Grad Program: Supply Chain Management
Let’s say you have a product to sell – athletic shoes, for example.
You need to produce and deliver each pair of shoes on time, in good condition, at a low cost, and using a process that meets your company's standards for ethics and quality. You need to adapt this process in response to customer desires and your own business strategy. And you need to manage information flow between suppliers, manufacturers and the corporate office.
A graduate specialization in supply chain management will prepare you to create and manage this process for any company with a good or service to sell. You’ll learn to forecast supply and demand, purchase raw materials, set up manufacturing plants and warehouses, and implement effective information and transportation systems. Many programs will also teach you about customer service and research (since customer needs have a strong impact on the supply chain). Students in this concentration also get a strong grounding in finance, management, marketing, and other key business skills.
In a world of global suppliers and tight profit margins, effective supply chain management can mean the difference between profitability and bankruptcy. Knowledge of the field will put you in high demand, whether you want to specialize or move into a more general management position. Supply chain specialists have a strong grounding in logistics and operations. But they are also valued for their problem-solving abilities, creativity, and ability to think strategically and holistically.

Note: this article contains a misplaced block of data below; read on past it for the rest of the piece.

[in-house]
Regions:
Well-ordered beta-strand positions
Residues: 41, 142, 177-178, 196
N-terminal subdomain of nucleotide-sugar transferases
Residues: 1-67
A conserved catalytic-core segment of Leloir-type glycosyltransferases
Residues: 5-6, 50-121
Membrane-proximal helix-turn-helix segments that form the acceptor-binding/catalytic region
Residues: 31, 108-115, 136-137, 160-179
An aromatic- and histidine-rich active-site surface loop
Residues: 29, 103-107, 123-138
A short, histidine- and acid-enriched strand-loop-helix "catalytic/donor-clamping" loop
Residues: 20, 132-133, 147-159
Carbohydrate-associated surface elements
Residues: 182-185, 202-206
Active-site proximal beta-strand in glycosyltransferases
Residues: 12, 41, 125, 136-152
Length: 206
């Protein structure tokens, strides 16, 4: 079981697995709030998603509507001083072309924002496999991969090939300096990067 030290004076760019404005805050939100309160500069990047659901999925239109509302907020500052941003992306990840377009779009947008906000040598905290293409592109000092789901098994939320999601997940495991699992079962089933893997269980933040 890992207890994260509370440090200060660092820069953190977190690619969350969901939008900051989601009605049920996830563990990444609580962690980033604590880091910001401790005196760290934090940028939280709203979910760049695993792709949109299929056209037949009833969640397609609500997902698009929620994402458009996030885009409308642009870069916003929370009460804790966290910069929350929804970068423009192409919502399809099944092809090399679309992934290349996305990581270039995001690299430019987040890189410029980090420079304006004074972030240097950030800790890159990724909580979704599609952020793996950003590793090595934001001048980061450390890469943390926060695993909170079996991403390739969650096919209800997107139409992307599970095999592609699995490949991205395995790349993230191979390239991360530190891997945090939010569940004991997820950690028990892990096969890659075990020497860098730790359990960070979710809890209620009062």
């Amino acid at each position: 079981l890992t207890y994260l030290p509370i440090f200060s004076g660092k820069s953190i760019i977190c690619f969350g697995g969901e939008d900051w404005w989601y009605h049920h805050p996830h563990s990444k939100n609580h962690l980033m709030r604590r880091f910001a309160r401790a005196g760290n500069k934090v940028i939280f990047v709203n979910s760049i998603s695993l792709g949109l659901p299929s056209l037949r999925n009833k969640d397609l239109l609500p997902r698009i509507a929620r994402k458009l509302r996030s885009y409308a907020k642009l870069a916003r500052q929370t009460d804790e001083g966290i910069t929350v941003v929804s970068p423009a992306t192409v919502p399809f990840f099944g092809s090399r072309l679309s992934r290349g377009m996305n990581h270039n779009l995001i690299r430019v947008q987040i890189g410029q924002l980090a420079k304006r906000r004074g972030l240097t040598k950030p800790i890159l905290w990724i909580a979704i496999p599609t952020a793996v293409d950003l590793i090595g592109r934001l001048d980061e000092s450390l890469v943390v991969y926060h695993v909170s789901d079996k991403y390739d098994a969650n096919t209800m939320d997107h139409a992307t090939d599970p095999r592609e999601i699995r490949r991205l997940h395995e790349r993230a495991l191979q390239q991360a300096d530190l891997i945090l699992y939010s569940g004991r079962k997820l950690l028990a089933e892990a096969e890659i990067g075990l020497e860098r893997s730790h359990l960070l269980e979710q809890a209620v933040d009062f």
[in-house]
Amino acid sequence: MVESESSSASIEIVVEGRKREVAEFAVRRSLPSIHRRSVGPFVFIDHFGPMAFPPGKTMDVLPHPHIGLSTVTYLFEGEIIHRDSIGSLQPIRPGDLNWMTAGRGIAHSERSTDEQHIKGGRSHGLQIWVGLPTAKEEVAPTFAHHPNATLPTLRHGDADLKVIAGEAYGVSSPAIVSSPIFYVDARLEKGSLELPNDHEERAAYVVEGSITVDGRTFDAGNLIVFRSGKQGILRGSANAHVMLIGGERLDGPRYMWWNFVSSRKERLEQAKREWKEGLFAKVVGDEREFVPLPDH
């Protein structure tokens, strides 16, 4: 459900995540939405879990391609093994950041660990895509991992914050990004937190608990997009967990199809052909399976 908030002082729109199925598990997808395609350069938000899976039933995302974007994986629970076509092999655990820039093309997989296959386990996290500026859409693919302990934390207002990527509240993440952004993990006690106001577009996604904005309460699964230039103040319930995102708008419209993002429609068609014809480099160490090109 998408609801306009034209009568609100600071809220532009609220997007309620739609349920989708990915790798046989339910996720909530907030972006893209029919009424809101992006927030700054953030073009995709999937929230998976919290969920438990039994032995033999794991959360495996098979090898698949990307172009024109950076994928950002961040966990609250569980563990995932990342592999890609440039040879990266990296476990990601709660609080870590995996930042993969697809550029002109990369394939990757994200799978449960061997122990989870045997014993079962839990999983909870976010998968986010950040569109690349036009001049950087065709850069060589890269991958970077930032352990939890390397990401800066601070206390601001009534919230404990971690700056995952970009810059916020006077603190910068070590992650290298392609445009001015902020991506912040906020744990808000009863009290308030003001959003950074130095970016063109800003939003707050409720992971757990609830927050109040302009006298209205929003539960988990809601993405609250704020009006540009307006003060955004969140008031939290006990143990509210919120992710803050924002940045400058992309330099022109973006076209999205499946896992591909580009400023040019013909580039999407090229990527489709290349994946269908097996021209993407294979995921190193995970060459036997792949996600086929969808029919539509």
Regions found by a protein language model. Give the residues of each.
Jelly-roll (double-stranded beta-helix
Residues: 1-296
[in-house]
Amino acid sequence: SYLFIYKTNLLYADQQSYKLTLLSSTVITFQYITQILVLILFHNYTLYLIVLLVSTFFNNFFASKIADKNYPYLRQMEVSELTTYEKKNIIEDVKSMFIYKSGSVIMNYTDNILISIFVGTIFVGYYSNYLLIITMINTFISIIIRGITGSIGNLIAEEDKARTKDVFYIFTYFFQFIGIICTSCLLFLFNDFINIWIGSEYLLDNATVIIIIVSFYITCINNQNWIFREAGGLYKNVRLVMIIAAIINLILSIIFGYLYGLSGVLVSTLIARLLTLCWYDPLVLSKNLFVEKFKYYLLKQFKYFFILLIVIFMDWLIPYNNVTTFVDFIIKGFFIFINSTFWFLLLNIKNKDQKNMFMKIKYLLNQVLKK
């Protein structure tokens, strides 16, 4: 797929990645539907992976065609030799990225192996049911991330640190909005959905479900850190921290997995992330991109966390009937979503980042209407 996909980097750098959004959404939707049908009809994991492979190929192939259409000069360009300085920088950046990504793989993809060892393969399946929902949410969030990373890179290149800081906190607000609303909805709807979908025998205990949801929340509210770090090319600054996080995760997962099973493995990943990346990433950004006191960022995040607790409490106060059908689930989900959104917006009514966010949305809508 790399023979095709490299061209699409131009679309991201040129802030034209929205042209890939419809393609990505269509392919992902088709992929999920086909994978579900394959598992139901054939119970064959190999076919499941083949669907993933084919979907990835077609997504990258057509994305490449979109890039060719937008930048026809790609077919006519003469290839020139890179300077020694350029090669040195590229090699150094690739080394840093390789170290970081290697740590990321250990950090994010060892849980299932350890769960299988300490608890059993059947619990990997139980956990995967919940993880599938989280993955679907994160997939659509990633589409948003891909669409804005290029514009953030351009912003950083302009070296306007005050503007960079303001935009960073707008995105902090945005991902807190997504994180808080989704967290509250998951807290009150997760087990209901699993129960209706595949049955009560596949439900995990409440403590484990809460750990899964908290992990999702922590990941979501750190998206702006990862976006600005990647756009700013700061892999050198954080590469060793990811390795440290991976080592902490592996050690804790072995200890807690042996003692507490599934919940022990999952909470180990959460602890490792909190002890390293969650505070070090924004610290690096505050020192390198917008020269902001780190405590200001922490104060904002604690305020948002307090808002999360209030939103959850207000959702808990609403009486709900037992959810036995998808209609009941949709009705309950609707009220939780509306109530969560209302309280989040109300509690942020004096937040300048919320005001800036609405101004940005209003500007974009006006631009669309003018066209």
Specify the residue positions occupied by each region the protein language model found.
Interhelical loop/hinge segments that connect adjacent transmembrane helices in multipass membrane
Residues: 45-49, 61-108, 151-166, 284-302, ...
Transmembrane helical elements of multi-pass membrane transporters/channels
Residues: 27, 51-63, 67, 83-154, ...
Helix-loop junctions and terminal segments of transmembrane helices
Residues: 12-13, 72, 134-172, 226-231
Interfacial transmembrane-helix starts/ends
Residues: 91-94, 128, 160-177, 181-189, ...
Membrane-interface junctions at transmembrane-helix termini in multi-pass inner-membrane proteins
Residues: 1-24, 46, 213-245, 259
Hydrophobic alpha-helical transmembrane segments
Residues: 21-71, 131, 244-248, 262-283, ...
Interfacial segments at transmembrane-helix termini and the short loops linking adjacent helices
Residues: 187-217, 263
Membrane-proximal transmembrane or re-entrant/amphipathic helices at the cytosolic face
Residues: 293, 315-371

Many MBA programs offer a concentration in supply chain management. These programs are generally two years long. You spend the first year studying general management and business, then take classes in your concentration during the second year. An MBA is a great choice if you’re looking to use supply chain management skills to rise to a broader management position.
Another option is an MS in Supply Chain Management. These programs are generally one to two years long, and have a stricter focus on the problems facing supply chain professionals. Many mid-career professionals chose to pursue an MS.
If you’re interested in academia, consider a PhD. Doctoral students focus on more theoretical questions, such as the effects of globalized supply chains on domestic politics.
- Do faculty members have expertise in a particular area of supply chain management?
- How many hands-on opportunities are available through internships, consulting projects, site visits, etc.?
- What does the career trajectory of recent graduates look like?
- Is the curriculum designed for those with previous experience in supply chain management, or for those new to the field?